It’s Not Always “Happily Ever After”

Have you ever read a story or watched a movie in which you desperately wanted two characters in deep conflict to reconcile?

In one particular tale, we see two brothers who are completely different in nature and fundamentally at odds with each other. The Storyteller couldn’t have made it clearer. One brother seemingly had taken advantage of the other, and the other wanted to kill the one for it.

Yet, isn’t it our nature to want things to turn out happily? And, the story gives us hope that maybe they will. We know that the boys’ father wished well for both of them. After a period of separation and struggle, they meet. Further, they appear to reconcile. There’s a kiss. There is an exchange of gifts. And the two seemingly go off in peace.

Yet, while the two come back together to bury their father, we can’t help but notice that the brothers never see each other again.

I’m talking here, of course, about the end of the story of Jacob and Esau. It’s some of the main action in this week’s Bible portion.

It is true that I am a person, perhaps like you, who wants characters who have problems with each other to reconcile. Perhaps it’s human nature. Or it may be that this hope is a part of our ethical and spiritual orientation. After all, “How good and how pleasing it is for brethren to dwell together in unity.”

Over many years I have thought and written that this Torah text is one of reconciliation and that it is quite lovely in that respect. That the brothers appeared in so many ways to find peace and would later honor their father by joining together to bury him seemed sufficient proof.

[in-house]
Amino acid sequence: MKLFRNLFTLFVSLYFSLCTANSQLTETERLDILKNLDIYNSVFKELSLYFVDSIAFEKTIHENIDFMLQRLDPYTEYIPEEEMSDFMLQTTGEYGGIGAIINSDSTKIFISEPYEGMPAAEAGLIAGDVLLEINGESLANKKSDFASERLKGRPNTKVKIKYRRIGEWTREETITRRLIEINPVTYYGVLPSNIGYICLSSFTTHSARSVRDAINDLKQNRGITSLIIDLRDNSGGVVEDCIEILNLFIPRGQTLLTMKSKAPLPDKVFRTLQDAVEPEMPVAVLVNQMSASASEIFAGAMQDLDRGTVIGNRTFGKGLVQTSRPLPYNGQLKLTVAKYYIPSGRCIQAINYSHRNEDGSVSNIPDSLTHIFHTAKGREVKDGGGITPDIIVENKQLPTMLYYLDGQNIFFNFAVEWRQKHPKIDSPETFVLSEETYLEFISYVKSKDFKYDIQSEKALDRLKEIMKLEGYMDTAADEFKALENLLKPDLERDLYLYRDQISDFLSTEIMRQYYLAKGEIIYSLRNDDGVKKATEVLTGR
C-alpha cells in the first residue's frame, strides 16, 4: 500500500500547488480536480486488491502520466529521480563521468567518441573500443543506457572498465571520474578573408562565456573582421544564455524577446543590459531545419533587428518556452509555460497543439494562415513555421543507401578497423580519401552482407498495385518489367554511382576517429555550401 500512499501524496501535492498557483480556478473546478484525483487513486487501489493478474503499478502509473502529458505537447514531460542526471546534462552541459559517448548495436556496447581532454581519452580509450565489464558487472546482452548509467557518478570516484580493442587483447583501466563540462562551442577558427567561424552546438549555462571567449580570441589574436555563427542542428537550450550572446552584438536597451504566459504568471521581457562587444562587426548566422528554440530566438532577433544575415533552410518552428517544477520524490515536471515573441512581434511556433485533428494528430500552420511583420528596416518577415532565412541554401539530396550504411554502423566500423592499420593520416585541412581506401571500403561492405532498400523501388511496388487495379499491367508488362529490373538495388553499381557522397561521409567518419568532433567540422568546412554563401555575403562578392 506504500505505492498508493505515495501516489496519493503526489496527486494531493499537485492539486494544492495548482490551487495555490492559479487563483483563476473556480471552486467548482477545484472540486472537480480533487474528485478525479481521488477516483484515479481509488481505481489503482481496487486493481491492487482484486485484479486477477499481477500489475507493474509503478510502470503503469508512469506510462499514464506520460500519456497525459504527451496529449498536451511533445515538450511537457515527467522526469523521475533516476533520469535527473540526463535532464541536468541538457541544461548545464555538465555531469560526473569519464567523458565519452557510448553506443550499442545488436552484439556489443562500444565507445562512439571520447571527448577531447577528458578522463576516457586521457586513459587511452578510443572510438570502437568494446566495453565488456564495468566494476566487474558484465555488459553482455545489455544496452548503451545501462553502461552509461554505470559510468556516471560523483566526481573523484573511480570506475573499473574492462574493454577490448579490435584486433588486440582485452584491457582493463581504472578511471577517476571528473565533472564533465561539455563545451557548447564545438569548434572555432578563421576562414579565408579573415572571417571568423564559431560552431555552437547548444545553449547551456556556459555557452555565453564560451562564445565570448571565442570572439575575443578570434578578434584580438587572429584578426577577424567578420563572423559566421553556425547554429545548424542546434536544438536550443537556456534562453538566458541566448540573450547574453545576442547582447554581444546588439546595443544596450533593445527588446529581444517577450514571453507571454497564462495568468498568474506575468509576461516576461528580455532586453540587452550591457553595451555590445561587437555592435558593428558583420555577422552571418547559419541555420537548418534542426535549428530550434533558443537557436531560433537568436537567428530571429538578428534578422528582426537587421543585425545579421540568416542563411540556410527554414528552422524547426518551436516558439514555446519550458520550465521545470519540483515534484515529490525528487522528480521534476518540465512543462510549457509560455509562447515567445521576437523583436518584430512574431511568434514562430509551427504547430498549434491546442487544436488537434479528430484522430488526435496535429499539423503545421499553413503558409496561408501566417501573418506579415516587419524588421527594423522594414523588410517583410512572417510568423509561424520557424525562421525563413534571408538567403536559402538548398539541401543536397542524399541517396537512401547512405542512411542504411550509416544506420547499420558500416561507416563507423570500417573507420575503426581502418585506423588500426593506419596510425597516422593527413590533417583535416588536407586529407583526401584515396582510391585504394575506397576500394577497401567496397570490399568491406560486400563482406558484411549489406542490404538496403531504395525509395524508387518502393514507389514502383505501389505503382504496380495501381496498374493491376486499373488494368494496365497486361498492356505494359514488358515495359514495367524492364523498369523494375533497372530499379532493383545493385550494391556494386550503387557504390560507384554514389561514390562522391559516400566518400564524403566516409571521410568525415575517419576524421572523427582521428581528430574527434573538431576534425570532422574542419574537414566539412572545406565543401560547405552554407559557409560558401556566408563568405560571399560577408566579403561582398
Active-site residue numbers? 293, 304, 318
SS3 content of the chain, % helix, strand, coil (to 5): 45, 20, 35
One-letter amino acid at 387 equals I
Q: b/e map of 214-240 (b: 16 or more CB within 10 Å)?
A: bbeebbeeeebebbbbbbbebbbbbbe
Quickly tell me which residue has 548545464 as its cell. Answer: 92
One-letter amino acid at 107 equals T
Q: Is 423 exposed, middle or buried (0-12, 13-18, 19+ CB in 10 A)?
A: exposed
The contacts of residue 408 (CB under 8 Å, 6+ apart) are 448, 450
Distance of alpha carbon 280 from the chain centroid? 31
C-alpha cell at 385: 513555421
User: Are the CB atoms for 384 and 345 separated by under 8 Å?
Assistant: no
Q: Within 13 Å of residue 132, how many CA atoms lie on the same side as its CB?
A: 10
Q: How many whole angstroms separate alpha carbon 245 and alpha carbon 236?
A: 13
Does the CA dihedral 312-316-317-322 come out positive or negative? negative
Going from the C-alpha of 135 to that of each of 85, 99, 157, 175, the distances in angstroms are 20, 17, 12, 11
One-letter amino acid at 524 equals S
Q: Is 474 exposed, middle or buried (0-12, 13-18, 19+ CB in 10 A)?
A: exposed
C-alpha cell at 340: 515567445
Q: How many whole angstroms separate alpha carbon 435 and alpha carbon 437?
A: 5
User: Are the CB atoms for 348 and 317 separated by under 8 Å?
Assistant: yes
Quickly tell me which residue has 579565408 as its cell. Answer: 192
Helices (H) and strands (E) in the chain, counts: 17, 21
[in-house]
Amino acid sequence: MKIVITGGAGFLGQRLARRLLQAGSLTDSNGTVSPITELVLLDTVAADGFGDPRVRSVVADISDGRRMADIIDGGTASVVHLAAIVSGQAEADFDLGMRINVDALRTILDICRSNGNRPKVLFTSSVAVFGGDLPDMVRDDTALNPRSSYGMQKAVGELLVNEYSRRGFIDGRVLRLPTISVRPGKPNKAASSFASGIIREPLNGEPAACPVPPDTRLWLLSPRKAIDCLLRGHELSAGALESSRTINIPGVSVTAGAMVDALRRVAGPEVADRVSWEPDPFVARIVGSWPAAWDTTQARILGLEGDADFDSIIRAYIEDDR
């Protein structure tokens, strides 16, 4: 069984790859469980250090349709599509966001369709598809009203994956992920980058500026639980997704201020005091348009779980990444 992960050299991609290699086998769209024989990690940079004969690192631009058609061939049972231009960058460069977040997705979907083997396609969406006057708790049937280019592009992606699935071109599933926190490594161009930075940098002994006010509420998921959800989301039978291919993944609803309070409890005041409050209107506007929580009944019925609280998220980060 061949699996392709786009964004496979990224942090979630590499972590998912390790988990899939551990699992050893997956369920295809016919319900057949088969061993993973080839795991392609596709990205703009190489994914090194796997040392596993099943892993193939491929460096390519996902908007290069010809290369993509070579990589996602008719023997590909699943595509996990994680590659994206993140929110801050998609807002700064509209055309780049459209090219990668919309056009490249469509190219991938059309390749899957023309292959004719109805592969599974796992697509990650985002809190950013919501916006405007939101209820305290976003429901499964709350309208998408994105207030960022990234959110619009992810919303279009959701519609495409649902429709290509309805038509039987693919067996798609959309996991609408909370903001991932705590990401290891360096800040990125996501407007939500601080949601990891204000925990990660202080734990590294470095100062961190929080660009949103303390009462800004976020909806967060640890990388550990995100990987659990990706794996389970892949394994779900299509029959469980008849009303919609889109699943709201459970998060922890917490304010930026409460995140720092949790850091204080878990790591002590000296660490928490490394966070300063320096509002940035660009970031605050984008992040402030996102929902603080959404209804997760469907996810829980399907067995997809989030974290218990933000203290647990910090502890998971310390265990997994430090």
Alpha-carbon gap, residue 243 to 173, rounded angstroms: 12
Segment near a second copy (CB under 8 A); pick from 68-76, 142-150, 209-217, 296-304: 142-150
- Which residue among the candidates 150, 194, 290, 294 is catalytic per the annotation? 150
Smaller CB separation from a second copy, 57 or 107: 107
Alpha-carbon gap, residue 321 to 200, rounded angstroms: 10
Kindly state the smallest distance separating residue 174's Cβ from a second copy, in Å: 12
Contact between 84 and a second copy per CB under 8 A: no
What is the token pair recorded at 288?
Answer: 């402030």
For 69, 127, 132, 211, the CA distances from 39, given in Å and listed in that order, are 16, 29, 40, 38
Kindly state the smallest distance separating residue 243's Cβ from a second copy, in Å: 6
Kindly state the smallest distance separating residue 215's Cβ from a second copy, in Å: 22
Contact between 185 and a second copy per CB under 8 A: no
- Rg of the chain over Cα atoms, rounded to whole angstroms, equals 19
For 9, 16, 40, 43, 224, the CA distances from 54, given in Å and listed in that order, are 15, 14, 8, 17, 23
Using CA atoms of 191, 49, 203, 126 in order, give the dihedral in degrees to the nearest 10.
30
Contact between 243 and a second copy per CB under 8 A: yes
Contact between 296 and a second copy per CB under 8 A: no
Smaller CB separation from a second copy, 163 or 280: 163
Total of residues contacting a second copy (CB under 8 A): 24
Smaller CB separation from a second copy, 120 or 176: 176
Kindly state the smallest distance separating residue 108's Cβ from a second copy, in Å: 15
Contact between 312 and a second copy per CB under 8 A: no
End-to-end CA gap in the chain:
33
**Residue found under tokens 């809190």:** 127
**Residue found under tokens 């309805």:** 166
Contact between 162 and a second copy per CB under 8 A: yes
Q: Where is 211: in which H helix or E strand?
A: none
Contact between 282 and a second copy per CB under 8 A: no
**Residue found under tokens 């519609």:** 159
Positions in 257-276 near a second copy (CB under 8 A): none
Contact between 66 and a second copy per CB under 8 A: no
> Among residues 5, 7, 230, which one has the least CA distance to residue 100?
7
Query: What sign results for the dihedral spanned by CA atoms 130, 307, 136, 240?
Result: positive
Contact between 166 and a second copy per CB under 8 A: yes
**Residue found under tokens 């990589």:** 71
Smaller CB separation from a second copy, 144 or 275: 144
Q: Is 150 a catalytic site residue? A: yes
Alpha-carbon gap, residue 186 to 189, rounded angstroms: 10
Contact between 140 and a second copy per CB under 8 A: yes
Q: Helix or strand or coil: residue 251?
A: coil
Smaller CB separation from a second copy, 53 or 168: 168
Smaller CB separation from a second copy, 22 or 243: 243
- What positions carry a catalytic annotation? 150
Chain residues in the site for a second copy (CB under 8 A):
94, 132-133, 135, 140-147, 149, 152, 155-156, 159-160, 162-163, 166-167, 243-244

It’s a nice and fair reading. But this year I fear it’s not altogether right.

Traditionally, rabbis and sages have never cared for or liked Esau. They see him as a crude, bad man who never strays from his true nature, that is, one to oppose God’s way, Torah, and the person, Jacob, who had been chosen to carry on the tradition. Many see the angel with whom Jacob struggled as an angel sent by Esau to destroy him. Further, they see Esau as the founder of Edom, whose descendants perpetually set out to destroy Israel and Israel’s descendants.

I’ve always known this point of view and accommodated it, or, should I say, I chose to put it to the side.

Now, I can’t altogether.

The accompanying portion from the Prophets this week is from Obadiah. The message there is absolutely clear: Esau fundamentally hated Jacob and had designs to kill him. Further, this enmity would last not only during the brothers’ lives but also throughout the lives of their respective successors. The end of the enmity would come only when the house of Esau is punished and the righteous ascend and help establish God’s kingdom.

So, what conclusion are we to draw? I, for one, have not yielded my former inclination generally to hope for reconciliation. In fact, I think the text won’t allow us to, all the rabbinic explanations notwithstanding. But the weight of negative observations over the ages about the never-to-be-present-again Esau is undeniably great. It is simply true that there are some relationships that are incapable of repair and that there are some people whose bad nature is such that reconciliation with them cannot be achieved.

One should be open to making peace with others where there are differences, but one must be clear-sighted and realistic. A naive blindness where the differences are due to others’ evil brings on weakness, insecurity, and harm. And a failure to see, defend against, and defeat evil is dangerous to the welfare of oneself, one’s community and the good.

I leave today’s study a bit sad, perhaps at a certain loss of innocence, but also safer and more secure for finally having had the difficult struggle the text invites.

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